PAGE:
2014-03-07 / Front Page

City Seeks Broadway Funding

By Tom Shevlin

A debate in Washington over how best to fund a critical federal highway infrastructure program has begun to reverberate inside City Hall, leaving city officials in a holding pattern and casting a degree of uncertainty over the timing of one of Newport’s most anticipated public works projects.

At their meeting on Feb. 26, City Council members were prompted to pass a relatively straightforward resolution asking the state’s congressional delegation to urge their fellow lawmakers in Congress to act swiftly to develop a new funding mechanism to ensure the future solvency of the Federal Highway Trust Fund. The fund, which serves as the primary financing program for highway and transit projects across the country, is forecast to go broke as early as August or September.

“It’s a problem communities are facing across the state, and the entire country,” says Bill Riccio, the city’s director of public services.

Last month, the nonpartisan Congressional Budget Office reported that the trust fund will be unable to meet its obligations, with current spending levels far exceeding revenue coming into the program.

The problem, according to policy experts, is structural – and is not entirely unexpected.

Drawing most of its revenue from taxes generated by the sale of gasoline and diesel fuel, the fund has been in decline for a number of years as advances in fuel economy technology have allowed motorists to consume less fuel. However, that, combined with mounting infrastructure costs, has left the trust fund struggling to maintain its historic funding levels.

In Newport, one area that could be immediately affected is the ongoing Broadway Streetscape Improvement Project. According to Riccio, the city had hoped to begin the final phase of the project as soon as National Grid completes a series of upgrades to the area’s network of gas lines. While the utility company is still finalizing its plans, Riccio had expected that the final streetscape work could begin as early as this spring, with work wrapping up sometime in the fall.

Now, however, Riccio said that provided the trust fund is restored, work likely won’t begin until after the summer season.

That, he says, could turn out to be a blessing in disguise – especially for business owners who last year struggled through a barrage of construction activity that made Broadway nearly impassible.

“I think something will get done,” Riccio says. “It’s just a matter of when.”

Indeed, attention has been turned in recent weeks to the state of the fund, with legislators on both sides of the political aisle offering ideas to reinvigorate the program.

Meanwhile, President Barack Obama last week asked Congress for $300 billion to pay for infrastructure projects that otherwise would have come from the trust fund.

According to the White House, if the fund is not renewed, some 700,000 jobs could be at risk, costing untold millions to the U.S. economy.

Rhode Island Department of Transportation Director Michael Lewis said that renewing the fund is vital to the entire nation.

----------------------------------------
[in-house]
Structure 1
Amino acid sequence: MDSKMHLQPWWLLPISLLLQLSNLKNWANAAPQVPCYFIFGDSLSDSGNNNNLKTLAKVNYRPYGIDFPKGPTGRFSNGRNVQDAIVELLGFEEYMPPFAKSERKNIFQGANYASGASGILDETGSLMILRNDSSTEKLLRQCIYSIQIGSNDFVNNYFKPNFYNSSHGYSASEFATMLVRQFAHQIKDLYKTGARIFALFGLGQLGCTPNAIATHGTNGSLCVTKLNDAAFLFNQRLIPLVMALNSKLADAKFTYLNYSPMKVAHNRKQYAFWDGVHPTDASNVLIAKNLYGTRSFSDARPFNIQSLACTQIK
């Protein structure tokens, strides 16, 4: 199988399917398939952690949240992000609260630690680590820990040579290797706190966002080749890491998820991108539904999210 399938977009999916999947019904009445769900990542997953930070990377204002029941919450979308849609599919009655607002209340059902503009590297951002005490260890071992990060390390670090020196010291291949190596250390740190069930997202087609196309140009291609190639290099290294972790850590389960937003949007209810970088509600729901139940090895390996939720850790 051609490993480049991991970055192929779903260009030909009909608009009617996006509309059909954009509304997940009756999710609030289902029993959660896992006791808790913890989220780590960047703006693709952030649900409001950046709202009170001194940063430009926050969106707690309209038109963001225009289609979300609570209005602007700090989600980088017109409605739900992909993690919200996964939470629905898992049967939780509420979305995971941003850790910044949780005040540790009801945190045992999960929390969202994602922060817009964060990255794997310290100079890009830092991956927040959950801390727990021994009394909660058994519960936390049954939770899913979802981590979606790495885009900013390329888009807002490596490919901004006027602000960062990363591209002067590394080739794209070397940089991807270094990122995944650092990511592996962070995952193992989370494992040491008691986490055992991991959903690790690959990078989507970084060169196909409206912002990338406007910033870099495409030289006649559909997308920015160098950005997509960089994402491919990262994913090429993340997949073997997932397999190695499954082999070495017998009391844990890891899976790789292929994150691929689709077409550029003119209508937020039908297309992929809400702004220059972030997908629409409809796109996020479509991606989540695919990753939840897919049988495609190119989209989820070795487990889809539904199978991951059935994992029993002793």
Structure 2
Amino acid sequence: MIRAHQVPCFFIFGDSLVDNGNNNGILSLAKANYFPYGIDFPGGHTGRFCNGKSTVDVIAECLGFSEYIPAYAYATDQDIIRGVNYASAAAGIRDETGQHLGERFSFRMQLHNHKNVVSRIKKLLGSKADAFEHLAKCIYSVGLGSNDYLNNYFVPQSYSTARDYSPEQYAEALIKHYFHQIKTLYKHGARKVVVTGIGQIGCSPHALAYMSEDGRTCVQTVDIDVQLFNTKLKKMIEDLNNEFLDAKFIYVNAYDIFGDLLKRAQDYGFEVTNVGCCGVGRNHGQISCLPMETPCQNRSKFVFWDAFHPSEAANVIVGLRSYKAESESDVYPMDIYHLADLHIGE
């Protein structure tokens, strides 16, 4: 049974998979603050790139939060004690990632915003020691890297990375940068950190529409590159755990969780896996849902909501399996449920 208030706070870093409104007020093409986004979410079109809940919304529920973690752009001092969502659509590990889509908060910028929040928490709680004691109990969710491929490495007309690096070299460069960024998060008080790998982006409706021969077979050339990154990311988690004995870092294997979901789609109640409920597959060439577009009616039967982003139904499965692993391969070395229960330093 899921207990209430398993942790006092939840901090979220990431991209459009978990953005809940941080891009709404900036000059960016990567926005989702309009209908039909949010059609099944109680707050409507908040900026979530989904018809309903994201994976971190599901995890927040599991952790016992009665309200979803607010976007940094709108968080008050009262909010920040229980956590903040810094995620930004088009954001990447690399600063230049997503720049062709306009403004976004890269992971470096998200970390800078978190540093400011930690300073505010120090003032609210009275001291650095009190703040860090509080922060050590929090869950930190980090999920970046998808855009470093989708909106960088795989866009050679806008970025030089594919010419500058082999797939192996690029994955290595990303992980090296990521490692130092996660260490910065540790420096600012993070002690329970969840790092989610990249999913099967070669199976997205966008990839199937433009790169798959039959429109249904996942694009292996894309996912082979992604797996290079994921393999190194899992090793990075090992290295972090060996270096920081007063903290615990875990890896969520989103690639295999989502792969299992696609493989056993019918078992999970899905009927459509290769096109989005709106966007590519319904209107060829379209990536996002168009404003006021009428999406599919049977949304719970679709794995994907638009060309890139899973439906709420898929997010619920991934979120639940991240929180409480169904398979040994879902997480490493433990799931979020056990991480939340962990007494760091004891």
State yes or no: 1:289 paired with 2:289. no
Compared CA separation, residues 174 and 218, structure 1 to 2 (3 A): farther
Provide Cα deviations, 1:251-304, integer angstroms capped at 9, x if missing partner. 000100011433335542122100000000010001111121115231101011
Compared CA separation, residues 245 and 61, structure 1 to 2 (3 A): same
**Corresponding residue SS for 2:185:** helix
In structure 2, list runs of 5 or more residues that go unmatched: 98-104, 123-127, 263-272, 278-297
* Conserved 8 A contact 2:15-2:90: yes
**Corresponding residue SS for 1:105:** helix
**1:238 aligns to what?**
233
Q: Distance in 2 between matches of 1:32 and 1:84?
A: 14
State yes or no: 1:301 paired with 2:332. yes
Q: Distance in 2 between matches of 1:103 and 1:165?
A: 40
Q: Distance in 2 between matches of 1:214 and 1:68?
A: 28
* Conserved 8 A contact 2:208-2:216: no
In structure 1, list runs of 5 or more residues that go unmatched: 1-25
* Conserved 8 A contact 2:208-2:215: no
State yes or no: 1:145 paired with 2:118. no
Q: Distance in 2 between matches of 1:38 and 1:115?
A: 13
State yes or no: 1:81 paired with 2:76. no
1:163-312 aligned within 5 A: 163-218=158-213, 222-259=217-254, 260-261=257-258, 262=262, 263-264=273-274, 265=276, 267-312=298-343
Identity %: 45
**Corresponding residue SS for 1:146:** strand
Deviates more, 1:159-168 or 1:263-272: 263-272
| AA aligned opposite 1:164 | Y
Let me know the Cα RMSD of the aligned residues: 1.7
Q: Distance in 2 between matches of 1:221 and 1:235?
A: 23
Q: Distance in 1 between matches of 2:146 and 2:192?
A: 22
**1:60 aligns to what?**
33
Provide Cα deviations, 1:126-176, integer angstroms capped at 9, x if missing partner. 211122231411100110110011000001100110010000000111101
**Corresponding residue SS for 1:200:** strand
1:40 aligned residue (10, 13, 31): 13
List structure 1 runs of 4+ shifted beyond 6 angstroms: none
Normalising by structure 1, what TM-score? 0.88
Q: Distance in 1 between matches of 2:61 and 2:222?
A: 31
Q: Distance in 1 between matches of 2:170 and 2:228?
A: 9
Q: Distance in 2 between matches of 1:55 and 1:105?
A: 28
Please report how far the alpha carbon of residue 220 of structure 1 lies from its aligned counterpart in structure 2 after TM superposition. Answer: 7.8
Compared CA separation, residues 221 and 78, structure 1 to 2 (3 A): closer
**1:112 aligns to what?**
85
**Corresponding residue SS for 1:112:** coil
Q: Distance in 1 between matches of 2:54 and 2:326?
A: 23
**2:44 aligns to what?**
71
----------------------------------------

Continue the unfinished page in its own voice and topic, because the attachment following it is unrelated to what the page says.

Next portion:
“The clock is ticking,” he said during an appearance on WPRO’s Buddy Cianci Show. “It’s critical not just for Rhode Island, but it’s critical for infrastructure across the country.”

According to state transportation officials, Rhode Island received roughly $200 million to pay for needed infrastructure repairs in 2013 and the final phase of the Broadway Streetscape Improvement Project was being partially funded through the program.

Now, Riccio said he’s exploring other potential funding sources, including the federal government’s TIGER program, which though typically reserved for large-scale infrastructure projects, could potentially be applied to Broadway.

This is not the first time the fund has found itself coming up short. In 2008, the Federal Highway Administration predicted a similar shortfall, prompting Congress to shift billions of dollars from the general treasury to make up the difference. However, the appetite among Congressional leaders to continue that policy has dissipated.

President John F. Kennedy also faced a similar problem 53 years ago.

At the time, Kennedy told Congress “Our federal pay-as-you-go highway program is in peril” and urged an increase to the federal gasoline tax. Congress obliged.

But today, raising taxes on a resource that is likely to pay a diminishing role in future transportation options is seen as a non-starter in Washington.

City Council members passed their resolution urging that the matter be addressed and used Broadway to illustrate the potential impact that failure to act would have on local communities.

“It all goes back to the adage that all politics is local,” says Riccio.

Calling for the reconfiguration of Broadway from Equality Park to Washington Square, the Broadway Streetscape Improvement Project has been almost six years in the making.

Once complete, Newport’s historic main street will feature a variety of improvements, including enhanced pedestrian safety measures at crosswalks, a slightly narrower roadway meant to calm traffic, the installation of decorative period lighting, additional landscaping, and more parking.

It is, as one city planner described it, the most important and visible project the city has undertaken in years.

In the end, officials in City Hall are confident that the improvements to Broadway will be completed. However, until a deal is worked through, projects across the state are likely to be shrouded in uncertainty.

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